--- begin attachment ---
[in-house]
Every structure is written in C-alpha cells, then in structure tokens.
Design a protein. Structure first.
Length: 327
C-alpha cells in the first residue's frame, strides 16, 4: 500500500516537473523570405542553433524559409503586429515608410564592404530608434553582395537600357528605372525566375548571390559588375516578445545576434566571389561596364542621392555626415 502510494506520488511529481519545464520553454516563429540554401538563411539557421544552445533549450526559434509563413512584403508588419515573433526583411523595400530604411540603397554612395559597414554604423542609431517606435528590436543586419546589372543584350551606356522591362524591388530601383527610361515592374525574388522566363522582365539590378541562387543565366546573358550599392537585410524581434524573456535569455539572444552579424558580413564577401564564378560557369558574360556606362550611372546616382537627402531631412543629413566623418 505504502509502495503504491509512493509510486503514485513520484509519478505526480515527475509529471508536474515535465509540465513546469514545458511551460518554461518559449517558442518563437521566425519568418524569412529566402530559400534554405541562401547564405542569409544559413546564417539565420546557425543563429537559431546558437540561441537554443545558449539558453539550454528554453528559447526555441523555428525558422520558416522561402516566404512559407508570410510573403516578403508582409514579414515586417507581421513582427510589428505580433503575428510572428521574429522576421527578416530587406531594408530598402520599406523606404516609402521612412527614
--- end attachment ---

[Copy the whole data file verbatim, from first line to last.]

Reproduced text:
[in-house]
Every structure is written in C-alpha cells, then in structure tokens.
Design a protein. Structure first.
Length: 327
C-alpha cells in the first residue's frame, strides 16, 4: 500500500516537473523570405542553433524559409503586429515608410564592404530608434553582395537600357528605372525566375548571390559588375516578445545576434566571389561596364542621392555626415 502510494506520488511529481519545464520553454516563429540554401538563411539557421544552445533549450526559434509563413512584403508588419515573433526583411523595400530604411540603397554612395559597414554604423542609431517606435528590436543586419546589372543584350551606356522591362524591388530601383527610361515592374525574388522566363522582365539590378541562387543565366546573358550599392537585410524581434524573456535569455539572444552579424558580413564577401564564378560557369558574360556606362550611372546616382537627402531631412543629413566623418 505504502509502495503504491509512493509510486503514485513520484509519478505526480515527475509529471508536474515535465509540465513546469514545458511551460518554461518559449517558442518563437521566425519568418524569412529566402530559400534554405541562401547564405542569409544559413546564417539565420546557425543563429537559431546558437540561441537554443545558449539558453539550454528554453528559447526555441523555428525558422520558416522561402516566404512559407508570410510573403516578403508582409514579414515586417507581421513582427510589428505580433503575428510572428521574429522576421527578416530587406531594408530598402520599406523606404516609402521612412527614